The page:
Birds and Other Pets

Birds and Other Pets
Many bird owners are animal lovers in general. This brings us to the question: How to safely own birds and other pets? It is a great question and definitely one that deserves consideration because if we are going to own pets, their safety should be our top priority.

Dogs are naturally hunters so this must always be taken into consideration. However, if a dog is introduced to pet birds as a puppy and trained to be gentle, dogs and birds can live happily together. Always take the dog’s personality into consideration. If your dog is prone to catching wild birds in the yard, obviously your pet bird is at risk. As a precaution, even if they appear the best of friends, never leave a bird outside the protection of its cage alone in a room with your dog.

The same basic rules that apply to dogs apply to cats. If you choose to keep cats and birds, it is best to introduce your cat as a kitten so they grow up with the bird as a friend, not food. Also, if you allow your cat to be indoors and outdoors you must consider what your cat is doing while it’s outside. Likely, it’s hunting and developing habits and skills that could be detrimental to your bird. I recommend indoor-only cats to be kept with birds. As with dogs, never leave your bird unattended and outside it’s cage if you own a cat.

Reptiles commonly carry salmonella in their feces. After cleaning their habitat or holding a pet reptile your hands should be washed with warm soapy water before handling your pet birds to avoid transmitting this illness to your bird. Because birds can also carry these bacteria in their droppings it is important to potty train your bird so that droppings are not deposited wherever your bird happens to be. When accidents occur, disinfect the area to prevent possible spread of salmonella bacteria. Wild-caught birds are at higher risk of carrying this illness.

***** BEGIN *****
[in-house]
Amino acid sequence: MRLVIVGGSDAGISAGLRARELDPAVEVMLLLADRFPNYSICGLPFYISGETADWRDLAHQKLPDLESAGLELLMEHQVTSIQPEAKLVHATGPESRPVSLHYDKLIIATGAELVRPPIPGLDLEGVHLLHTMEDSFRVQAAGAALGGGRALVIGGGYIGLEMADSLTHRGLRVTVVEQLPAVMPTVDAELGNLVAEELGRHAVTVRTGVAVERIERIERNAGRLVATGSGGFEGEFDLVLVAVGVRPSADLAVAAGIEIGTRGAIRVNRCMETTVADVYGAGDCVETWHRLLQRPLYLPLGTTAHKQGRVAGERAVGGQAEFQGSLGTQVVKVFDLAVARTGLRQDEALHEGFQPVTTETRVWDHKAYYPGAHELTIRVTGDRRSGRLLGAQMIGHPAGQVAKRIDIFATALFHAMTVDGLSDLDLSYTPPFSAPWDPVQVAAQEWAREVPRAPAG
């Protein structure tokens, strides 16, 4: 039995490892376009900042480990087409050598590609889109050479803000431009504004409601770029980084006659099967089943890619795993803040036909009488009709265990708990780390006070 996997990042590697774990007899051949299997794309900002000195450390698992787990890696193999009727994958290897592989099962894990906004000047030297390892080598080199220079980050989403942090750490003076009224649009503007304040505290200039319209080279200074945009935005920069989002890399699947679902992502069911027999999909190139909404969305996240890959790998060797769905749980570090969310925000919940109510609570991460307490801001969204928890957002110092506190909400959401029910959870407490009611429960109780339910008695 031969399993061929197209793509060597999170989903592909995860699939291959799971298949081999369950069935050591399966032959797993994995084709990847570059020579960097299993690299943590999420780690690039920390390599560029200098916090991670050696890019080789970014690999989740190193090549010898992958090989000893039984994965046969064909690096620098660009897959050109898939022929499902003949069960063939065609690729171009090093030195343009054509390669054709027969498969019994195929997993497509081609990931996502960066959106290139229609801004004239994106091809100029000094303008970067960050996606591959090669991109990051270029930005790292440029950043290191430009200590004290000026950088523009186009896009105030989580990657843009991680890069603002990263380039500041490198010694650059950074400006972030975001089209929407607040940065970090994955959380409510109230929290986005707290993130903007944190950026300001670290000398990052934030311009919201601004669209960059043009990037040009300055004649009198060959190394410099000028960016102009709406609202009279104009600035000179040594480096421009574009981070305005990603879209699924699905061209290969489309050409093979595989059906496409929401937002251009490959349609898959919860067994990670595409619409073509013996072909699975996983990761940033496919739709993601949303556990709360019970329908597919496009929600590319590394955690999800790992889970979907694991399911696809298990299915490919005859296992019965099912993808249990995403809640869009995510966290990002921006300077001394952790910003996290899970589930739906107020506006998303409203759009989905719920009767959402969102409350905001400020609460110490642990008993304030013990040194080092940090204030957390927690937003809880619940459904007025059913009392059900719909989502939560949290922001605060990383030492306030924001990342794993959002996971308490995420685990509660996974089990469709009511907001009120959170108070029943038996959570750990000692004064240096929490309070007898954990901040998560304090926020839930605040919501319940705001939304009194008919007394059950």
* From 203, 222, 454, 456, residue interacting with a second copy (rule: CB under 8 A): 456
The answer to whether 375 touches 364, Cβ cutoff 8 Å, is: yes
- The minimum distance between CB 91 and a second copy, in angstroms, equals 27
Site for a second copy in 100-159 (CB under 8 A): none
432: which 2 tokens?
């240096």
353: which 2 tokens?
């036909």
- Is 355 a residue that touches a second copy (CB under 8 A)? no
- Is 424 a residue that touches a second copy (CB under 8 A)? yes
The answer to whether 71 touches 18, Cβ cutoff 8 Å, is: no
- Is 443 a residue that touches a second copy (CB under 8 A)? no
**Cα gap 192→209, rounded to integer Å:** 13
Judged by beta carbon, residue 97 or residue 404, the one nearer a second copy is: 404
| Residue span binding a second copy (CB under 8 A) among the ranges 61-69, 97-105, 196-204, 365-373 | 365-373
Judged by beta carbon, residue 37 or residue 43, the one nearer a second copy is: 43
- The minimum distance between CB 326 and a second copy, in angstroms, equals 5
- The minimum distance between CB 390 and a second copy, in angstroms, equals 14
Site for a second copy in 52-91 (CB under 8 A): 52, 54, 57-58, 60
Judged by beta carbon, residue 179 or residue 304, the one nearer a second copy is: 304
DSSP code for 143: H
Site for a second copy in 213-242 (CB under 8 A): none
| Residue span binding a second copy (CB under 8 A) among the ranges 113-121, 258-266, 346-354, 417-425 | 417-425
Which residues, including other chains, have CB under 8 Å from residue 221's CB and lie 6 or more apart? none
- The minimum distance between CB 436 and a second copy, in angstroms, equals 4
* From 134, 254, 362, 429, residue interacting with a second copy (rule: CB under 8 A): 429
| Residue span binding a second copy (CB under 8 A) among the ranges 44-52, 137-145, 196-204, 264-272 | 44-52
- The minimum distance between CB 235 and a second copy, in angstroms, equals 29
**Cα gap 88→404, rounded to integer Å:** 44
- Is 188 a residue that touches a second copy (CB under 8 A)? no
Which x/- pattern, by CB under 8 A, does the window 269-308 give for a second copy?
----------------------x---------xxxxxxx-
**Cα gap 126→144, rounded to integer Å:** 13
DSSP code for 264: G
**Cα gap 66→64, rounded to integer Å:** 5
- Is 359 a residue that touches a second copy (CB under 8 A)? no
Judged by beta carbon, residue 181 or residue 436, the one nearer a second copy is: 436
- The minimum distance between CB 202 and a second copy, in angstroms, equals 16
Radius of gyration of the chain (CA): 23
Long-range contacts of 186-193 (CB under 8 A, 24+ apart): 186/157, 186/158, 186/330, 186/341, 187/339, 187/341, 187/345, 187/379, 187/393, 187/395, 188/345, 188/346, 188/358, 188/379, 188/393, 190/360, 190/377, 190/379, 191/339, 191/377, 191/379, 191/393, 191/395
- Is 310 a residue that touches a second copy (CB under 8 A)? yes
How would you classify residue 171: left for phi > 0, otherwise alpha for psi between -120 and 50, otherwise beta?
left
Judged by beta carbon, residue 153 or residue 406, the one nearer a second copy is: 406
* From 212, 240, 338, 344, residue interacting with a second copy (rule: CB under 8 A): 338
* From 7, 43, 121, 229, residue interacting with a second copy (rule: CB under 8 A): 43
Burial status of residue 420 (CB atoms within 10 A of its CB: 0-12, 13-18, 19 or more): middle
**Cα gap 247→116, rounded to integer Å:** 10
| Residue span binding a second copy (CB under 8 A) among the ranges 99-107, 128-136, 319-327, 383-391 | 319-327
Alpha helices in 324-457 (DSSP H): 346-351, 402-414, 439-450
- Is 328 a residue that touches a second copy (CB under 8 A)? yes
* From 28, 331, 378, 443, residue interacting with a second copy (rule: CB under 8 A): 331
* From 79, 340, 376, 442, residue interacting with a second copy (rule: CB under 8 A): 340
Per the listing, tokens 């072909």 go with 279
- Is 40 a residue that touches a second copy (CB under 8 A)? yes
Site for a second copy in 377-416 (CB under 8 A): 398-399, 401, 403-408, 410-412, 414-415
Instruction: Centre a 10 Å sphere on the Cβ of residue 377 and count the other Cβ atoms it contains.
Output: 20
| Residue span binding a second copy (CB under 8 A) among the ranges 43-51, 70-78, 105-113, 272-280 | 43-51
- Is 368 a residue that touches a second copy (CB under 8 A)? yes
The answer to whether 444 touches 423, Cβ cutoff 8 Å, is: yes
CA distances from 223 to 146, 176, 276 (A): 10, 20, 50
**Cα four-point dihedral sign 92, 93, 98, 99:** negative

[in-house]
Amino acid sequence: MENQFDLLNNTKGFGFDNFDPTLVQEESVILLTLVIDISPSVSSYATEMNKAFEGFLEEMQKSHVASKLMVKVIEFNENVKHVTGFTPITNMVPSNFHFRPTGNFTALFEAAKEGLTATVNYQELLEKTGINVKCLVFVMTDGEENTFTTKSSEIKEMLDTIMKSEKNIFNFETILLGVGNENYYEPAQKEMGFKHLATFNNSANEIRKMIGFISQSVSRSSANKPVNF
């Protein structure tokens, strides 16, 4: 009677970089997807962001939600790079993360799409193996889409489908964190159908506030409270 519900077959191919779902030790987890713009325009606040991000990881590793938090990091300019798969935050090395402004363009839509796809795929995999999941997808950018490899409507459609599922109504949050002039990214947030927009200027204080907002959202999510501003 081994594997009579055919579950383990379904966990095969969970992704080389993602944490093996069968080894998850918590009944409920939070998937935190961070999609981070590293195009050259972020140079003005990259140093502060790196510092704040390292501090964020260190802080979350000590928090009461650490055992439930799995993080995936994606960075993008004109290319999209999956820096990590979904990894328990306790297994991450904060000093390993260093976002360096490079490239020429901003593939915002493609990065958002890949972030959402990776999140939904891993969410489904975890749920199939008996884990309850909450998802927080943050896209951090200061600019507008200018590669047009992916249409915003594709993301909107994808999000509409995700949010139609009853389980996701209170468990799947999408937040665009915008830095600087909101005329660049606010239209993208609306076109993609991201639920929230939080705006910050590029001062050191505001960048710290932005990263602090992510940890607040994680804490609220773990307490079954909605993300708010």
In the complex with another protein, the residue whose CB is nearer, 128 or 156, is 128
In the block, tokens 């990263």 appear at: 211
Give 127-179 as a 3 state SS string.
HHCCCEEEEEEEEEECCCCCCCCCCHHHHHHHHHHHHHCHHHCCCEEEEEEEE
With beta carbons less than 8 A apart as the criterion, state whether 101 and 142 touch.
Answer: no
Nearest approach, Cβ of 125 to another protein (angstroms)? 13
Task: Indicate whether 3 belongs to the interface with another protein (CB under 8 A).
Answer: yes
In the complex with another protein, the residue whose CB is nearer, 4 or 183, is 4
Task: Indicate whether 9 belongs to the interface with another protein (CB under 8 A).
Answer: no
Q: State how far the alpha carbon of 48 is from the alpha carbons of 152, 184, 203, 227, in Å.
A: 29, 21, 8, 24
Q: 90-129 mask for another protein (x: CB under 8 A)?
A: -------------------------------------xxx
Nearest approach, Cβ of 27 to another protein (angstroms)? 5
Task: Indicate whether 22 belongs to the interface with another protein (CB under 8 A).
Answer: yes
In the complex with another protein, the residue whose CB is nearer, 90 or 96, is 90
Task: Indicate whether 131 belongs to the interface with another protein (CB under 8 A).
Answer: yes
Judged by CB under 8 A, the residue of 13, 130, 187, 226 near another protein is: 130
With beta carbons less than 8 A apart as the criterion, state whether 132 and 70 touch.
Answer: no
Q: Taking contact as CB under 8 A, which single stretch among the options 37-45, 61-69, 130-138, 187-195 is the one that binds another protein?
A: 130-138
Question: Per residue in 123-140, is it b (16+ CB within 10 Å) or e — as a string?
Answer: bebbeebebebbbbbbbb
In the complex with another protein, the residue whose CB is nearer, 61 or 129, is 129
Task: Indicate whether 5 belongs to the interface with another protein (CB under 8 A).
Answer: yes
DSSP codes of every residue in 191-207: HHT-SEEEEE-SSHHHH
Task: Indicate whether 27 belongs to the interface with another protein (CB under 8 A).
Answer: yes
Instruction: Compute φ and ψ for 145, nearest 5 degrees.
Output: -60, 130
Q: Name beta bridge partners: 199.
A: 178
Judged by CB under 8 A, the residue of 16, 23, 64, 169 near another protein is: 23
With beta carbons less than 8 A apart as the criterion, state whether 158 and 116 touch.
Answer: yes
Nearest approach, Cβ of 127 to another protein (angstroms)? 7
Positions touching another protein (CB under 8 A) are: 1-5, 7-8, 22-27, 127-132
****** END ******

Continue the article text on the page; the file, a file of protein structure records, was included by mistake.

Pets such as hamsters, mice, guinea pigs, and rats also have the ability to carry salmonella bacteria in their feces, so the same hand washing precautions apply. Also, rats specifically, can be dangerous to your pet birds. If your pet rat escapes and comes into contact with your bird there is potential for the rat to wound or kill your bird. They will attack your bird. As long as you keep rodents separated from your birds and maintain good hand-washing habits, rodents should have little or no impact on the safety of your pet bird.

With some simple precautions it is easy to keep your birds safe and healthy while owning other pets. But the uninformed pet owner could be putting their birds at risk and not even be aware of it.

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You Should Also Read:
How to Potty Train Your Parrot
Introduce a New Bird to Your Flock
Buying Your First Bird

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